You might have heard through the grapevine that you need a beast of a machine to run a half-decent stream and that may have been true back in the olden days of Twitch yore. These days, a decent gaming laptop will do the trick just fine.

I’ve seen tons of YouTubers show off builds that are budget-friendly, whether you’re just starting out or upgrading from your PS4 and Xbox One.

The tricky bit with PC streaming to Twitch is choosing your broadcasting software and setting it up. From the beginning, I’ve chosen to pay for Xsplit because it lets me run a clean stream with minimal hassle. If you don’t have that much time in your hands to fiddle with settings, I highly recommend it, at least at the beginning of your Twitch streaming adventure.

Not up for paying? No worries because Streamlabs OBS has your back. Open Broadcasting Software has been used by Twitch streamers for yonks and for good reason. It’s a powerful beast which, once harnessed, will give you tons of control over the quality of your stream.

SLOBS is the version of OBS that has all the bells and whistles, such as follower and donation alerts, baked in as it’s developed by the people who run Streamlabs. The advantage of SLOBS is that it will run you through an initial automated setup that will determine your best settings so you don’t have to fuss around.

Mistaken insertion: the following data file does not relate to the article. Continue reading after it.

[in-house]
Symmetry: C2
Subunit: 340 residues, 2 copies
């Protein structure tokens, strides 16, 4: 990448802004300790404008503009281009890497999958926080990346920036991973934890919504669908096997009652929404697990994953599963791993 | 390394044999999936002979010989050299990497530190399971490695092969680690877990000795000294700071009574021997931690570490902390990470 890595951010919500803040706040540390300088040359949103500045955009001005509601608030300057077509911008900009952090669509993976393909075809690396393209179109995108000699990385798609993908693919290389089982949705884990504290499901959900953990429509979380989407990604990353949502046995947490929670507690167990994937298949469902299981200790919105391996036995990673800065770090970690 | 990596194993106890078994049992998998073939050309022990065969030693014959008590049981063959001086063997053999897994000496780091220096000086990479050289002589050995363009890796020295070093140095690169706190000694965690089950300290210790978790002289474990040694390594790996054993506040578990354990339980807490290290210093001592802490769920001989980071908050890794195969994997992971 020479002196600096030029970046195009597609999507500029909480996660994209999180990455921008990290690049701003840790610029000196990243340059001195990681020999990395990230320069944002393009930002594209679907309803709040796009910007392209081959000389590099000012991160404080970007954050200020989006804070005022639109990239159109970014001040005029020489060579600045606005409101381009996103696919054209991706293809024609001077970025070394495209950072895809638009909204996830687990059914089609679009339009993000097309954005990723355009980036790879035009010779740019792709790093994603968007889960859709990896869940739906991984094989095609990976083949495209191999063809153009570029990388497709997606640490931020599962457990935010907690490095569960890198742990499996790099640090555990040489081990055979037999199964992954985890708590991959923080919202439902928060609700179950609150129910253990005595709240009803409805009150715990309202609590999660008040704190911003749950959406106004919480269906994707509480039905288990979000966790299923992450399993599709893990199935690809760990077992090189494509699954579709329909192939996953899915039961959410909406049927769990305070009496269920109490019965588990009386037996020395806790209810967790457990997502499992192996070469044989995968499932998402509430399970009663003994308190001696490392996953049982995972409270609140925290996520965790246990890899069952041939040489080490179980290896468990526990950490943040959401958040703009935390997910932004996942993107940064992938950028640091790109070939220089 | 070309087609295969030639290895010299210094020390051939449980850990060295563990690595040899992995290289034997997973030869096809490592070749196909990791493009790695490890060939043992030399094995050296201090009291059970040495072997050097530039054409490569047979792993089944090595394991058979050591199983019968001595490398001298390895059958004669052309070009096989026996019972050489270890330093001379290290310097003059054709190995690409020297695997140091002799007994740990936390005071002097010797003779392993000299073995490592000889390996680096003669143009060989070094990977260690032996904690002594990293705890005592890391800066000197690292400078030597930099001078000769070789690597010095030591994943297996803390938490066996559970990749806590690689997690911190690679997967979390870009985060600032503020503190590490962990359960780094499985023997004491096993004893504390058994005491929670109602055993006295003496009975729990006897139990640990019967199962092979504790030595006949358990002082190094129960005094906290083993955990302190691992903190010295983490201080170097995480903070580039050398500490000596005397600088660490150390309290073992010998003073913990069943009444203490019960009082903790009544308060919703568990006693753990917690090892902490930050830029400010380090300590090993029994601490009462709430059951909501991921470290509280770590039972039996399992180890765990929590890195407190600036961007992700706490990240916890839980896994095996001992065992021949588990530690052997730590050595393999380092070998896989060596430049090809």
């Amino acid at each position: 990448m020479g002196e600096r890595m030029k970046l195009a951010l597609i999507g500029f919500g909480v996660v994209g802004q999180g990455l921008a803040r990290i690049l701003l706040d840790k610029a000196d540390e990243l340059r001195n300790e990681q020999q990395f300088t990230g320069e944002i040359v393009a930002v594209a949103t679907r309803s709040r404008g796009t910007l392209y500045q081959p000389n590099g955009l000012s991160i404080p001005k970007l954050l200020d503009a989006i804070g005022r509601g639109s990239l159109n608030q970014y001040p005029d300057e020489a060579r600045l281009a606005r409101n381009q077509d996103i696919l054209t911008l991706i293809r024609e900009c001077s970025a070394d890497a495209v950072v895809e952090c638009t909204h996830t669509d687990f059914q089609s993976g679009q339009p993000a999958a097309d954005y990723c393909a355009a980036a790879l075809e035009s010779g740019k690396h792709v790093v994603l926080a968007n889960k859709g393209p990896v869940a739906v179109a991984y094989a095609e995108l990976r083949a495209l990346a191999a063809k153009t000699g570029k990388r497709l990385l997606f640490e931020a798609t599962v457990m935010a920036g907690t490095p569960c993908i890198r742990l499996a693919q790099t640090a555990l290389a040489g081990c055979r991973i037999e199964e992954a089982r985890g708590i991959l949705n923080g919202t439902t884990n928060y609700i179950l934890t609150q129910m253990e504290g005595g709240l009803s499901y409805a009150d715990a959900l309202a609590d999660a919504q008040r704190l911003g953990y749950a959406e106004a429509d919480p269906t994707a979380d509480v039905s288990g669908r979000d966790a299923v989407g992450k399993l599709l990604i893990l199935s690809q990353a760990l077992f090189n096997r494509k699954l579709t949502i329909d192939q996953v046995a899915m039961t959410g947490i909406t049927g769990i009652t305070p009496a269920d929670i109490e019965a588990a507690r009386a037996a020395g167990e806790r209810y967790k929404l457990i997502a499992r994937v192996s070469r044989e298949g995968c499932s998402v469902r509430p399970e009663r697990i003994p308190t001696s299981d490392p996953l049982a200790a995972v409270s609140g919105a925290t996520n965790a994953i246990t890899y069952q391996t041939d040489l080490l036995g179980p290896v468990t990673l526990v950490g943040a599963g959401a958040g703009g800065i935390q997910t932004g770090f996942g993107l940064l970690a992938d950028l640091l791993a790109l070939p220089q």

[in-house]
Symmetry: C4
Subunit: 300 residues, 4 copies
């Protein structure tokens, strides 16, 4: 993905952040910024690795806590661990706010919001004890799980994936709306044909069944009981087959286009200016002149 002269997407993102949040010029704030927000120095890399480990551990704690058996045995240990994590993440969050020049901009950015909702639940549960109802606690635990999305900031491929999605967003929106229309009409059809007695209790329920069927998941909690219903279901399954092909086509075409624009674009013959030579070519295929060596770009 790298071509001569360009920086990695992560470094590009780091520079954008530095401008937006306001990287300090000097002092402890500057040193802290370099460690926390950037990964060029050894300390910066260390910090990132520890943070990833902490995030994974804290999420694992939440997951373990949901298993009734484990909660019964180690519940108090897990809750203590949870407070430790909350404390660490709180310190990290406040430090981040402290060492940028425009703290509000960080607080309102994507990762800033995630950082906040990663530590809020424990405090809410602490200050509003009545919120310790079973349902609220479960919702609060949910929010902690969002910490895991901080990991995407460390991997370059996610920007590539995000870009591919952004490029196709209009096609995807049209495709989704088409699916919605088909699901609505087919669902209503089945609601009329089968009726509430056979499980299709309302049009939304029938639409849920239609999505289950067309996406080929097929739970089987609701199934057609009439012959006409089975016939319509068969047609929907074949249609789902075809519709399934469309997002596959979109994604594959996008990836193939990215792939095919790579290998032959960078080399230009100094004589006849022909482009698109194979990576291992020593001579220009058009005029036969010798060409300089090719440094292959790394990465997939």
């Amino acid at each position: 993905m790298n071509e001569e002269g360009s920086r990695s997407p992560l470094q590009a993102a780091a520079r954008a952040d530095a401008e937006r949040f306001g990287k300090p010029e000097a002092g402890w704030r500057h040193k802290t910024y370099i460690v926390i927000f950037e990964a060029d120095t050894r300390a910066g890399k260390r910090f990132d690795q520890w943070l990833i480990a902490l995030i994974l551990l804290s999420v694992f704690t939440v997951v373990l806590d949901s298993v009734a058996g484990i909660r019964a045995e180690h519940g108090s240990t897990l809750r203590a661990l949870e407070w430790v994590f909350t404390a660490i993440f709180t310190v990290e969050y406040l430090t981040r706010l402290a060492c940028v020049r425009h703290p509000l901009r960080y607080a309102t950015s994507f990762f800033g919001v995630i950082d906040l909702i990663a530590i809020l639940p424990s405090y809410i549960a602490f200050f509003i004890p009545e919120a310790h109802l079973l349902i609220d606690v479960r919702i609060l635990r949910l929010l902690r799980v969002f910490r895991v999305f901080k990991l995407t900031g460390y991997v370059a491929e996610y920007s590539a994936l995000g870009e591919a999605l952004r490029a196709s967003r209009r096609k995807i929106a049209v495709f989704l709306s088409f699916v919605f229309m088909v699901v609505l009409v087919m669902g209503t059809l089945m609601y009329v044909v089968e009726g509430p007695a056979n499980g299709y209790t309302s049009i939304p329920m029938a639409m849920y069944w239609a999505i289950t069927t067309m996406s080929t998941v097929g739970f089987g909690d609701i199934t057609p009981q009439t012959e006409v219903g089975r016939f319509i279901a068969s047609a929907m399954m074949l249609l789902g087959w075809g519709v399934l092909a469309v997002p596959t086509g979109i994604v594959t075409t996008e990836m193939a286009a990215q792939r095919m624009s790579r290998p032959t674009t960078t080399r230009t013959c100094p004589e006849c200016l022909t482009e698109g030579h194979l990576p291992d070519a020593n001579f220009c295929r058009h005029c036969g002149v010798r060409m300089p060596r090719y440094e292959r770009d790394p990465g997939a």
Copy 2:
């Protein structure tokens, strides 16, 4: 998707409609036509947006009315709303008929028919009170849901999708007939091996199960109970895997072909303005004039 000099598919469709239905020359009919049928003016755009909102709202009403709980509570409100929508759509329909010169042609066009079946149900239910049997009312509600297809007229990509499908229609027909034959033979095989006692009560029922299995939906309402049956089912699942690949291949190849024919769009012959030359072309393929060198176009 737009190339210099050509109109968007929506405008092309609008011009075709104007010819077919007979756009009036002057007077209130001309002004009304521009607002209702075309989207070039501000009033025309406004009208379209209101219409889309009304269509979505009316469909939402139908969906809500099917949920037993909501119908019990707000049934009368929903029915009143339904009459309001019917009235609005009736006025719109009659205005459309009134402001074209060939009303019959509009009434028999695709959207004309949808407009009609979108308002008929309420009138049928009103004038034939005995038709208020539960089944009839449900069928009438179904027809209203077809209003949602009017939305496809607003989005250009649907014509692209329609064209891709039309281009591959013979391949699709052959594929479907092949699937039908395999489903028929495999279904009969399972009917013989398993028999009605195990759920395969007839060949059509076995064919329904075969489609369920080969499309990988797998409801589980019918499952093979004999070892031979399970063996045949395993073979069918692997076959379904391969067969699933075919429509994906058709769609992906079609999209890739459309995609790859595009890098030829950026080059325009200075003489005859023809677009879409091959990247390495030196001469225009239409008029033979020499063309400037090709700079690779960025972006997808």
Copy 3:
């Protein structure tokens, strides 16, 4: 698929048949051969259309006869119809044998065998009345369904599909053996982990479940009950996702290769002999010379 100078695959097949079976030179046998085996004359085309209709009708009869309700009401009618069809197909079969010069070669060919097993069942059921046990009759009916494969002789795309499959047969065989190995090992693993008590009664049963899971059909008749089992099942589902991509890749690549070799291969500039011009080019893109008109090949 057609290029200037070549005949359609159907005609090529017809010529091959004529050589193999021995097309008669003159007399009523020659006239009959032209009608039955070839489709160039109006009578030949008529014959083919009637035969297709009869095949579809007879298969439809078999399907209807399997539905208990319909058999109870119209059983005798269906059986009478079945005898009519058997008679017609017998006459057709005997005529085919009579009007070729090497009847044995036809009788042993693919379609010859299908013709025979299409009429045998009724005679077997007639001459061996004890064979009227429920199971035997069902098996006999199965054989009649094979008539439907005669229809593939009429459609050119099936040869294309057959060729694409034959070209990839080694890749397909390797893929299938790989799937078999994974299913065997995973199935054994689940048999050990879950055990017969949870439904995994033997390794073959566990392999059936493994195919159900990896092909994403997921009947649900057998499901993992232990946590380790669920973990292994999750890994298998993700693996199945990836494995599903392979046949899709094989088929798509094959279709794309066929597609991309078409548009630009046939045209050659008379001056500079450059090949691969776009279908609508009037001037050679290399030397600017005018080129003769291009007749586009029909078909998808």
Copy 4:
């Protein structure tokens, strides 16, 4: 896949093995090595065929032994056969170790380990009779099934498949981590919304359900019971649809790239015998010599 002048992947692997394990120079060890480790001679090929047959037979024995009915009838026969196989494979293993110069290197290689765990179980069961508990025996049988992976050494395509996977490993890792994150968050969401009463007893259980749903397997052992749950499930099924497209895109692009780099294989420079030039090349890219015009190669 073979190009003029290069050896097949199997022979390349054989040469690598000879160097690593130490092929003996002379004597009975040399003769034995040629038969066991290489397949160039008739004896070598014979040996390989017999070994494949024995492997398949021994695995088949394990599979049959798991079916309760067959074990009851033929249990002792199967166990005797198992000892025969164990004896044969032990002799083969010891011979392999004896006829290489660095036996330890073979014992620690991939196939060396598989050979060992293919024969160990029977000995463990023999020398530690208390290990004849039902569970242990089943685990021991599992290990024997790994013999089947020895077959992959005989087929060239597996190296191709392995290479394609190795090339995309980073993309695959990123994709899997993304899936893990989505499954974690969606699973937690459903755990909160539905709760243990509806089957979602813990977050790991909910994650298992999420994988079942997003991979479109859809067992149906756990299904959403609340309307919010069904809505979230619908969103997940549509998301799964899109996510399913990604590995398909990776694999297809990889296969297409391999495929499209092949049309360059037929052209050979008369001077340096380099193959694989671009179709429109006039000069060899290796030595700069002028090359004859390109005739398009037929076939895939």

Once you’ve got your broadcasting software sorted, it’s time to consider the most important Twitch streaming bit: audio. Every “how to stream on Twitch tutorial” worth its salt should tell you that audio is king and for good reason.

You could have the nicest looking visuals, the crispest looking game footage and the face of Chris Hemsworth; if your audio sounds like it’s going through a noisy cheese grater, viewers are going to duck out quick.

It’s important, therefore, to grab a decent USB mic. Remember the Blue Snowball we mentioned earlier? That’s going to take you a long way before you need to upgrade to the sweetheart of the Twitch streaming world: the Blue Yeti.